Pergamenians have become famous in my time: Mithridates the son of Menodotus and of Adobogion. Menodotus was of the family of the tetrarch of the Galatians, and Adobogion, it is said, was also the concubine of King Mithridates,1
and for this reason her relatives gave to the child the name of Mithridates, pretending that he was the son of the king. At any rate, he became a friend to the deified Caesar and reached so great preferment with him that he was appointed tetrarch from his mothers family and king both of the Bosporus and other territories. He was overthrown by Asander, who not only slew King Pharnaces but also took possession of the Bosporus. Mithridates, then, has been thought worthy of a great name, as has also Apollodorus the rhetorician, who wrote the work on Rhetoric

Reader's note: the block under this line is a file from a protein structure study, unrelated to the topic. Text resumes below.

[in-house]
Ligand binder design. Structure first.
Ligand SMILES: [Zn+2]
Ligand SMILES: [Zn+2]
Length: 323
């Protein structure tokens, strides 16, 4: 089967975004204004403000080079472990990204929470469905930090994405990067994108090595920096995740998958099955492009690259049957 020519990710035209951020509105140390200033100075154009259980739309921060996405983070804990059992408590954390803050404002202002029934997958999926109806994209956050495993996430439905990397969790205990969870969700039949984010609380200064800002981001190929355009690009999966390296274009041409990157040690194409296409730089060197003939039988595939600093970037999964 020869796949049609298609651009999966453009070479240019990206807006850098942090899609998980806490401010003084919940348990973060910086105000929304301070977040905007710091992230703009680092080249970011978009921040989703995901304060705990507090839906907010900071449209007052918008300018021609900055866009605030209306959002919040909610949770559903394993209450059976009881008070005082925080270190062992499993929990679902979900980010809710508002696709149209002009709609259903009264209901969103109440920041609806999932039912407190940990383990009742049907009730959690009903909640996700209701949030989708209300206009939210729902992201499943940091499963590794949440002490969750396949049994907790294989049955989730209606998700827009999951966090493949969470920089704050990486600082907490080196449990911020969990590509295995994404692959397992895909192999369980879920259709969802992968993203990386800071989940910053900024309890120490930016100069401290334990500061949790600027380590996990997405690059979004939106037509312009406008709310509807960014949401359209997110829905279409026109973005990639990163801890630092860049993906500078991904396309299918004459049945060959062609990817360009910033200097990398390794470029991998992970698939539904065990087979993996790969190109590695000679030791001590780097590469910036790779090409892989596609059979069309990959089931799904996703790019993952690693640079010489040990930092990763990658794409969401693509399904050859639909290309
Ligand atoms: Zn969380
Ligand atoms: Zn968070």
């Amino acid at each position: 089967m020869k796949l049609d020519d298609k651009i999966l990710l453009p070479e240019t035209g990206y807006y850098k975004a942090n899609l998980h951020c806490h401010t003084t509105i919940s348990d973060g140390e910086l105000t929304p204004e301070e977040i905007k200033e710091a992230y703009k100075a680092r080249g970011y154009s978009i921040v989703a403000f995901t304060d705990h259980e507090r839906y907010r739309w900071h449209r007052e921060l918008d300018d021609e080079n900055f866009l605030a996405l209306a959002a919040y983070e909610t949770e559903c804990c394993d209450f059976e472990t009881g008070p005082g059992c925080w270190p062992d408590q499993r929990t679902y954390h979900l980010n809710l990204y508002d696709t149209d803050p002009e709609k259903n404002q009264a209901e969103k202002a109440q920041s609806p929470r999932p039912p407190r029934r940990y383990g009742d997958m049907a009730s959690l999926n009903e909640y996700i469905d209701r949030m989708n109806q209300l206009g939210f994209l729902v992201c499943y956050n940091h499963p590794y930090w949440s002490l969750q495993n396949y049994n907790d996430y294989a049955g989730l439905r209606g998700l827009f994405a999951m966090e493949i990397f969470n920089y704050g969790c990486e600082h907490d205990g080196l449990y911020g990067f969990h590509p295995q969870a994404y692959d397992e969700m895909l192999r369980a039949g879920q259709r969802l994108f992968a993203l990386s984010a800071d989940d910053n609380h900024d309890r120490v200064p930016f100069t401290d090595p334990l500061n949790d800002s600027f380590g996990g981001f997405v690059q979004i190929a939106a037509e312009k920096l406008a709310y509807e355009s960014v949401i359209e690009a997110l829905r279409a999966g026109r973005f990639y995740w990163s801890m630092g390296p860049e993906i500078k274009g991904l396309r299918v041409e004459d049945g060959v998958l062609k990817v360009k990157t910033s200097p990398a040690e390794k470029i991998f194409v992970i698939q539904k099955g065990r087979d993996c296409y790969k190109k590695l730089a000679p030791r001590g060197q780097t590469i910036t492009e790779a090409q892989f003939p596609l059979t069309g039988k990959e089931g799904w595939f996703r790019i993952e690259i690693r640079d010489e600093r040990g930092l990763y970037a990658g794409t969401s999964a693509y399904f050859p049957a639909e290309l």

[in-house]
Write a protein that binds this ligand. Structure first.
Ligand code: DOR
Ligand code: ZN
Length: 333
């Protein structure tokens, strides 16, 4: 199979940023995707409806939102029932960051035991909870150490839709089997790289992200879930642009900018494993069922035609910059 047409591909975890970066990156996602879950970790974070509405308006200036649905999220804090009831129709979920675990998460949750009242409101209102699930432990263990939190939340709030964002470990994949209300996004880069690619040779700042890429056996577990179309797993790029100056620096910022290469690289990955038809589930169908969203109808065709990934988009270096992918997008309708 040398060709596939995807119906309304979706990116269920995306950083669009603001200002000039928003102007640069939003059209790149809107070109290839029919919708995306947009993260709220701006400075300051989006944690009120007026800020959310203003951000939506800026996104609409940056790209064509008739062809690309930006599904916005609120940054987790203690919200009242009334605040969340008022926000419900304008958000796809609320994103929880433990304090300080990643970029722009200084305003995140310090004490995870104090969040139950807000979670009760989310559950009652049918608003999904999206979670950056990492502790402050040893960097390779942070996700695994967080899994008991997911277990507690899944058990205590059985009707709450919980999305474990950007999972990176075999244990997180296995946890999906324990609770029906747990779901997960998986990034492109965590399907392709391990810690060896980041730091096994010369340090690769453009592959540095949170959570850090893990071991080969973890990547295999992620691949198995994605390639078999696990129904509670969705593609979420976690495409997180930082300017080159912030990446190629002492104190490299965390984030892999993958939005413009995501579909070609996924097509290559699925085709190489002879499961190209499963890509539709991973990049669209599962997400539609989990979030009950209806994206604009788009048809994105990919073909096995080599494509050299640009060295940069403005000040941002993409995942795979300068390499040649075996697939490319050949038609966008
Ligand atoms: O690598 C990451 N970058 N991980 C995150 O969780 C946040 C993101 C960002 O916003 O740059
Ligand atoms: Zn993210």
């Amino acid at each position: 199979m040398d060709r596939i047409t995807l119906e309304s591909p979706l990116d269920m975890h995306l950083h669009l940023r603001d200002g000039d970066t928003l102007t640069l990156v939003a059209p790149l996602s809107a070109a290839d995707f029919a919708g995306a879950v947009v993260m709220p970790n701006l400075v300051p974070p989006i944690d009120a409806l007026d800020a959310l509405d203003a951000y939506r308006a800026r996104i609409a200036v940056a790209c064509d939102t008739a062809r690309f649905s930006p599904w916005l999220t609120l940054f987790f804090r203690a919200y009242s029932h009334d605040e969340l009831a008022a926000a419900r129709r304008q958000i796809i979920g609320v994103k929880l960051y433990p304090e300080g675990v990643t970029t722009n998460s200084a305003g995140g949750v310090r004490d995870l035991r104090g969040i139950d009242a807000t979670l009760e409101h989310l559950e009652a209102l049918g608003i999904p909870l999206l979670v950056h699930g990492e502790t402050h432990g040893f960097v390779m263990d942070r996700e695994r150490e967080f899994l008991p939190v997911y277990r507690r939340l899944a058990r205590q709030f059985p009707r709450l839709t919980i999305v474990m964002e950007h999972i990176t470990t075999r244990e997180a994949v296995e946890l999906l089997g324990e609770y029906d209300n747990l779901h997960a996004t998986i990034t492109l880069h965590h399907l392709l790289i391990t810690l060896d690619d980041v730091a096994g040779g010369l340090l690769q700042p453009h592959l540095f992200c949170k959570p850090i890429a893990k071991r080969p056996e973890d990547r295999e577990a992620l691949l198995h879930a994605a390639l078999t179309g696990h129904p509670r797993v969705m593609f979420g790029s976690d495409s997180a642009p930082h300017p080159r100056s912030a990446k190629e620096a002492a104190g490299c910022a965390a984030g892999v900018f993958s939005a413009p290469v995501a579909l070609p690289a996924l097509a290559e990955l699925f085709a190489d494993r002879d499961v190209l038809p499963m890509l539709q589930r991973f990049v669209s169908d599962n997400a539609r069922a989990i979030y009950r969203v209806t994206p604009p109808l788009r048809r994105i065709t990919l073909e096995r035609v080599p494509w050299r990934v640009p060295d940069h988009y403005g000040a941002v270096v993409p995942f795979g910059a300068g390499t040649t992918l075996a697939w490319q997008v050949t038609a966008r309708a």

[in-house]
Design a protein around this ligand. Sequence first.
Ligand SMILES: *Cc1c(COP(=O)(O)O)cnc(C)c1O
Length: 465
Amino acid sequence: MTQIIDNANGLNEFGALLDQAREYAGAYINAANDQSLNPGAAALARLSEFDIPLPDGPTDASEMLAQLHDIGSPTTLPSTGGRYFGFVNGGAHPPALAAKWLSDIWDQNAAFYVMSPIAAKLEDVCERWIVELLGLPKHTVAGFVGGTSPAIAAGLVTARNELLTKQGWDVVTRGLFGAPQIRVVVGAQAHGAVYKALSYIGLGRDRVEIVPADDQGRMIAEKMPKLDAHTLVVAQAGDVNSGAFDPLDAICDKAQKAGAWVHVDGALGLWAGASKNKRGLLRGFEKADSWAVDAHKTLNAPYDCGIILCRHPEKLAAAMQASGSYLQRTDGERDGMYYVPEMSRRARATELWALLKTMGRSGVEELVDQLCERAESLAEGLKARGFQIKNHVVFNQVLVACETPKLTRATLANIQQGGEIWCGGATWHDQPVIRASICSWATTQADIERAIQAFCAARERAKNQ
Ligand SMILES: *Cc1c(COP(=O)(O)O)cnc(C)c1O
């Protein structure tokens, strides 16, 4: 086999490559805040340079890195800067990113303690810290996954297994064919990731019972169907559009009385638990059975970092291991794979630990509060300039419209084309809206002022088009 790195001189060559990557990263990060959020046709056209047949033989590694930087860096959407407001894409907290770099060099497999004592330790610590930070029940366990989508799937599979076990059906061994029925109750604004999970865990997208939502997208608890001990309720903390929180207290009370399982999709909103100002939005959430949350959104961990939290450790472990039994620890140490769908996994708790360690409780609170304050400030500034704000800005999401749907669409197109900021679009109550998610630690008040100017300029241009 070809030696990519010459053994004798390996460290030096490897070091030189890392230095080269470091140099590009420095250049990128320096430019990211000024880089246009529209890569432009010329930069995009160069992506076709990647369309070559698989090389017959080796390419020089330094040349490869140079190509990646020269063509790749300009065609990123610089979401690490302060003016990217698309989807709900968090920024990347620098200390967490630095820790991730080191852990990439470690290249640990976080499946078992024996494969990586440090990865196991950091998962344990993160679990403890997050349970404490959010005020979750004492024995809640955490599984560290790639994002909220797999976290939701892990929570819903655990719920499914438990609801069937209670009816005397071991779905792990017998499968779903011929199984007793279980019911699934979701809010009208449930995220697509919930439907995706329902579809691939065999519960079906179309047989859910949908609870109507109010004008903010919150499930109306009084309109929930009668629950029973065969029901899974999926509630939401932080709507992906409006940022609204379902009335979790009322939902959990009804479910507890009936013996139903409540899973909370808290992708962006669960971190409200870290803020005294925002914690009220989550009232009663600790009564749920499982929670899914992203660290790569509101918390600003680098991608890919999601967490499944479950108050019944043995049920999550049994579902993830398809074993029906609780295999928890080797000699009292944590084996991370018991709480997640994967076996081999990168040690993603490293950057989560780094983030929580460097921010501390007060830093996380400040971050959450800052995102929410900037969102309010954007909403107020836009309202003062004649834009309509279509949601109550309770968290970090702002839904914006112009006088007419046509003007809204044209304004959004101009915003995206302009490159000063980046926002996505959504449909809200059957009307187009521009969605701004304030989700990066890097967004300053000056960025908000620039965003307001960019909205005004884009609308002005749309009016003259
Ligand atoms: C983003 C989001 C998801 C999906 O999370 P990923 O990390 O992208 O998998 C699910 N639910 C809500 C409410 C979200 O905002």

and was the leader of the Apollodoreian sect, whatever in the world it is; for numerous philosophies were prevalent, but to pass judgment upon them is beyond my power, and among these are the sects of Apollodorus and Theodorus. But the friendship of Caesar Augustus has most of all exalted Apollodorus, who was his teacher in the art of speech. And Apollodorus had a notable pupil in Dionysius, surnamed Atticus, his fellow-citizen, for he was an able sophist and historian and speech-writer.